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Is This the Biggest Doe in the Records?

By PJ DelHomme 

When Doug Laird pulled the trigger on his .243, he knew he had shot a deer with a great set of antlers. He didn’t know that his “buck” was actually a doe—or was it?


With more than 50,000 entries in the Boone and Crockett records and archives dating back more than a century, there are bound to be a few cases straight out of the X-Files. For example, there are the three-tusked walrus and the moose-elk from the National Collection of Heads and Horns.

And then there are more recent entries like Doug Laird’s non-typical whitetail entry from 2014 that carried a rack that scored nearly 190 points, but it was missing a few things, such as male genitalia—at least at first glance. Laird’s buck-doe had female plumbing. According to Laird, the deer looked like a buck but behaved like a doe. It was being followed by a fawn and actively pursued by a bona fide buck when Laird shot it in late November. Its udders were even filled with milk, Laird said.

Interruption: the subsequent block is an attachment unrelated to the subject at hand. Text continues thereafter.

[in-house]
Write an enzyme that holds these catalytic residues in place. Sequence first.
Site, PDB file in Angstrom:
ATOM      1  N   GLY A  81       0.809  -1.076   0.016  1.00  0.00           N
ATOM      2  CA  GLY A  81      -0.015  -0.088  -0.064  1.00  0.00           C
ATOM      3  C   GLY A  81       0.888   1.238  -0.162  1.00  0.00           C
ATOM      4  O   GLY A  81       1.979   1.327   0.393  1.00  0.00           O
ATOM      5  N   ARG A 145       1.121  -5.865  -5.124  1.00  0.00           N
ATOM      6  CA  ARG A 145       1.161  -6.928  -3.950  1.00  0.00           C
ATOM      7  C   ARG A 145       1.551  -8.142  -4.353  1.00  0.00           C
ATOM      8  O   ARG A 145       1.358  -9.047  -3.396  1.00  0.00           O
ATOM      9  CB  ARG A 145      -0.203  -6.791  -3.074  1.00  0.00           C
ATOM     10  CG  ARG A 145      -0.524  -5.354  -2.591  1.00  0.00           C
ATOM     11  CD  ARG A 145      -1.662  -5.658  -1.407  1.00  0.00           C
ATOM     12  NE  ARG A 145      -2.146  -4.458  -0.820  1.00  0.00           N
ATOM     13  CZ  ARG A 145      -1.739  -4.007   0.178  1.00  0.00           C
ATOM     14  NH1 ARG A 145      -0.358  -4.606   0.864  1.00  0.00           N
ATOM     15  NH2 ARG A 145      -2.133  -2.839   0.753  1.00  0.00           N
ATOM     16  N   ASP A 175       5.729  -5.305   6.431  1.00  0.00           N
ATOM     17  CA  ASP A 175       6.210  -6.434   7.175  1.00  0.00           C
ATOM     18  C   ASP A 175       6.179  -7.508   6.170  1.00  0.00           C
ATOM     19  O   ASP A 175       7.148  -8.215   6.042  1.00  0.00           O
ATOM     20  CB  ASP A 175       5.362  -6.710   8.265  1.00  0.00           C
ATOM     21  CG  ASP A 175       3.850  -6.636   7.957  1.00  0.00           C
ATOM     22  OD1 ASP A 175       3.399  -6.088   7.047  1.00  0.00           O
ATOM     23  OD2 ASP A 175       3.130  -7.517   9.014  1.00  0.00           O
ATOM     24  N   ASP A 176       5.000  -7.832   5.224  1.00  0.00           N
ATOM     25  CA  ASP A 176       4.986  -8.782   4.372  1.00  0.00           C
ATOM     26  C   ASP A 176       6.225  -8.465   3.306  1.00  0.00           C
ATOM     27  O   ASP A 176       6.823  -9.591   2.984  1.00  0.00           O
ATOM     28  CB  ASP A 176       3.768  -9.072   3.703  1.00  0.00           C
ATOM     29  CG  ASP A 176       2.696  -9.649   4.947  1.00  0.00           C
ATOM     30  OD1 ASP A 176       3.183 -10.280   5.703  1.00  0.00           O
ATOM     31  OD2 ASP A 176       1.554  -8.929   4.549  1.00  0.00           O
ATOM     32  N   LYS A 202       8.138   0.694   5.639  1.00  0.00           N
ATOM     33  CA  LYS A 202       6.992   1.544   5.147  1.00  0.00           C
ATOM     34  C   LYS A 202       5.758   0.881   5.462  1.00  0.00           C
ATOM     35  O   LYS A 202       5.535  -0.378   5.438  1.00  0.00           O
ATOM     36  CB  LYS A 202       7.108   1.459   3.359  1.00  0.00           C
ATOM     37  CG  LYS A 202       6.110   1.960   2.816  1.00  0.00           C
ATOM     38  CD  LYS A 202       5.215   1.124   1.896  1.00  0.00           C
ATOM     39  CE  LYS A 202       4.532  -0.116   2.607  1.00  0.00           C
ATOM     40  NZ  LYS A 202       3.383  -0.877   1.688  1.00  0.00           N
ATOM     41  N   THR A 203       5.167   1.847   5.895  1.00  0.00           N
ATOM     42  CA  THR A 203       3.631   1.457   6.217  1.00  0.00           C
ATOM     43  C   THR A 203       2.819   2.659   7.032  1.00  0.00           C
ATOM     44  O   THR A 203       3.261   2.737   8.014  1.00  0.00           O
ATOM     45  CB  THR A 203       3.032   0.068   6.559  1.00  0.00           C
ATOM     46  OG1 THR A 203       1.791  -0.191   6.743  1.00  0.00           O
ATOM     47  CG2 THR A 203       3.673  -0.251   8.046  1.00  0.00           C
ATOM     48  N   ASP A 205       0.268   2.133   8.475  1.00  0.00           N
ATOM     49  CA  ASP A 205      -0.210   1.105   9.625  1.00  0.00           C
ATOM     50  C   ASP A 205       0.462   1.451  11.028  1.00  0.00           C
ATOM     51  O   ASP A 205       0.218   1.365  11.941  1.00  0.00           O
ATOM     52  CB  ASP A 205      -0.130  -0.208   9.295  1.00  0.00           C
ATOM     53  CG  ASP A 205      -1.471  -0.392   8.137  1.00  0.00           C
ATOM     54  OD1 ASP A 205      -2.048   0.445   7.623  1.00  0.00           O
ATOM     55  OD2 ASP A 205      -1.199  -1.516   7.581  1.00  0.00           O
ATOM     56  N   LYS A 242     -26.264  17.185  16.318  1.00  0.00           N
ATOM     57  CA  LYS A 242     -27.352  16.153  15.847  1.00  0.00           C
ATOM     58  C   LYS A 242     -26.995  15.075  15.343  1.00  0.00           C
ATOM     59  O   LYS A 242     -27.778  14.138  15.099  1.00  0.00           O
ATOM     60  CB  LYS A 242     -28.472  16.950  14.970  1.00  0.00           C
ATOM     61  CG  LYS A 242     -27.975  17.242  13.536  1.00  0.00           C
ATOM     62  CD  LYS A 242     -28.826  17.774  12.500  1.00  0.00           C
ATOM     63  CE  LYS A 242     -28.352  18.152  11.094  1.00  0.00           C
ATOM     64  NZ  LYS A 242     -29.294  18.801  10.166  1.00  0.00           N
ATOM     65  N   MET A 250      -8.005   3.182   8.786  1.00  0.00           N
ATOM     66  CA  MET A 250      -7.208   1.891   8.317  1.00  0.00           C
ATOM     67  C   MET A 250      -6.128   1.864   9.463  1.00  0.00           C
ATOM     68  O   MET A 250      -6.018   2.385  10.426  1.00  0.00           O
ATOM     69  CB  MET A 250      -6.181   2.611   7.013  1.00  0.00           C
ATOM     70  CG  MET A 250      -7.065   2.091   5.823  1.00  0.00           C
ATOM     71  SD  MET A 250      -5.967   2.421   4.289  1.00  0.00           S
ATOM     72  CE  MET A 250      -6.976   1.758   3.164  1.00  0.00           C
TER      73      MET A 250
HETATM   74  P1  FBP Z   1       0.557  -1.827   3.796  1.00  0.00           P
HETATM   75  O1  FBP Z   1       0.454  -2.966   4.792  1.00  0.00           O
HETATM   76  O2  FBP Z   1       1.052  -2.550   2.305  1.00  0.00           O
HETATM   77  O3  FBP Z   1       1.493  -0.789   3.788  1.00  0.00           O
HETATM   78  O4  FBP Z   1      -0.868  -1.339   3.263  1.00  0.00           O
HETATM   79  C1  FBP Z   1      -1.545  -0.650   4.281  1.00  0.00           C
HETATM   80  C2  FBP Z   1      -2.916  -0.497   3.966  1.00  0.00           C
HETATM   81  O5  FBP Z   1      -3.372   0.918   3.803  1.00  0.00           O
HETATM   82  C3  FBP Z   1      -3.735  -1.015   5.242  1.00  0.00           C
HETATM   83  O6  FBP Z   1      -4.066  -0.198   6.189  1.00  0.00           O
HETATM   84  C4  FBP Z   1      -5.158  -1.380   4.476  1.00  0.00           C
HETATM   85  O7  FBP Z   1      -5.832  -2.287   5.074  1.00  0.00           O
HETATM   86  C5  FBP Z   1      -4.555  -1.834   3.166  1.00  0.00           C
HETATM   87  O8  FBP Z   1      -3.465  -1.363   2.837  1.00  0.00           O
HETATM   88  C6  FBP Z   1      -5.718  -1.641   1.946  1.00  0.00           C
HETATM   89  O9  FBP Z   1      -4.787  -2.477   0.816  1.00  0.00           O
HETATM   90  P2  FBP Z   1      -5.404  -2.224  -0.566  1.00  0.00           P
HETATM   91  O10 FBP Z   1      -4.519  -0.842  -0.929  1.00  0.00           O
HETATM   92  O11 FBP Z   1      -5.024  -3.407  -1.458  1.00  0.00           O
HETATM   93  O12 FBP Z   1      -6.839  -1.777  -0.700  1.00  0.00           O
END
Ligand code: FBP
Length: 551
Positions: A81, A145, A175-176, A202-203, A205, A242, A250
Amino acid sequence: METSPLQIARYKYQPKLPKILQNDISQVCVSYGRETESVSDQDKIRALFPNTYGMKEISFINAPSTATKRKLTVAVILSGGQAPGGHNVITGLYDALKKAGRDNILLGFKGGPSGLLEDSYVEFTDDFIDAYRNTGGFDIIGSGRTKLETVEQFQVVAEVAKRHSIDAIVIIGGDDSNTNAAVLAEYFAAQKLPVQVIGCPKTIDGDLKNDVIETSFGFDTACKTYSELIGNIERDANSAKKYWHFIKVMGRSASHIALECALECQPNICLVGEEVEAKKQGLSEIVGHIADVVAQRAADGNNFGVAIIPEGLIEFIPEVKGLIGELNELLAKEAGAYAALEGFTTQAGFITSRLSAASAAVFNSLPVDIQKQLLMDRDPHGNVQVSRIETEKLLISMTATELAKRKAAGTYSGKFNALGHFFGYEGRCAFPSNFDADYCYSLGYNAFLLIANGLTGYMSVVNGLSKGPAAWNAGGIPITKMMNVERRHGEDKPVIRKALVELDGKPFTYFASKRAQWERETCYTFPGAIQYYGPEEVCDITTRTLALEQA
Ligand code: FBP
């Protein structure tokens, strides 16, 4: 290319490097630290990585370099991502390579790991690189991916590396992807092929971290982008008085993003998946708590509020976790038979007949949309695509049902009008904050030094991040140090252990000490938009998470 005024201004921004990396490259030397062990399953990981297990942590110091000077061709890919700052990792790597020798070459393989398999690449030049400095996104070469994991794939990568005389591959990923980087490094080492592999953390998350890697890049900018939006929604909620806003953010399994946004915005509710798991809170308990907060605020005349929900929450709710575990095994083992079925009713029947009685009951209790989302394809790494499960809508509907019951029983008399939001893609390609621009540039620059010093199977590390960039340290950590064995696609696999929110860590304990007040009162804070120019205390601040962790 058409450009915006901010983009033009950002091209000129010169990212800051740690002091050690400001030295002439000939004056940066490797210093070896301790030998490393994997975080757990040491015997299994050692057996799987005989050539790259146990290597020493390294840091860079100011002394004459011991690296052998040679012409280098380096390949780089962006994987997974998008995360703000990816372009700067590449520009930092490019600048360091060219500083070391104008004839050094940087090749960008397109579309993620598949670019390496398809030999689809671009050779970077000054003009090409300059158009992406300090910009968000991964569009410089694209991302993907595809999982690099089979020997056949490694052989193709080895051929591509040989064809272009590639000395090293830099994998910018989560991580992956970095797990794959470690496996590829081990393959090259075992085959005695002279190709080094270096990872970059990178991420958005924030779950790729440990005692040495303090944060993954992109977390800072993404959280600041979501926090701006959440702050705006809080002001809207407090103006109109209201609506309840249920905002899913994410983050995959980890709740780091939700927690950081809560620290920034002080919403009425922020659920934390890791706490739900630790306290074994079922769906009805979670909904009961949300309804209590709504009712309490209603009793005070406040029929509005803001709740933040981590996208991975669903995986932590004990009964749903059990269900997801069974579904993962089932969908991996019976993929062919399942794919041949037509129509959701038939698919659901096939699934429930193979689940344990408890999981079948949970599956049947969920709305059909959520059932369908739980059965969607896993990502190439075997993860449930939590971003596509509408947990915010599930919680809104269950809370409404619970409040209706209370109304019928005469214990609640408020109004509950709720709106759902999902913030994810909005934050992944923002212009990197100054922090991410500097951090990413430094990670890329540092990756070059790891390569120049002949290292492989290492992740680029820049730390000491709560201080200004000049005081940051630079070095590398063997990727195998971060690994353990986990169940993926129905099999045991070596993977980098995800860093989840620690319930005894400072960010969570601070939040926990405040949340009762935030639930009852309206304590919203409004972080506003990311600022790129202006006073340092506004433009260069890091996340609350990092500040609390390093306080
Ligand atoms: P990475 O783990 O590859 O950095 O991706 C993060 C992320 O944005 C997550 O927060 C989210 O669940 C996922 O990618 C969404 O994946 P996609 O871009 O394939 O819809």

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"The wildlife and its habitat cannot speak. So we must and we will."

-Theodore Roosevelt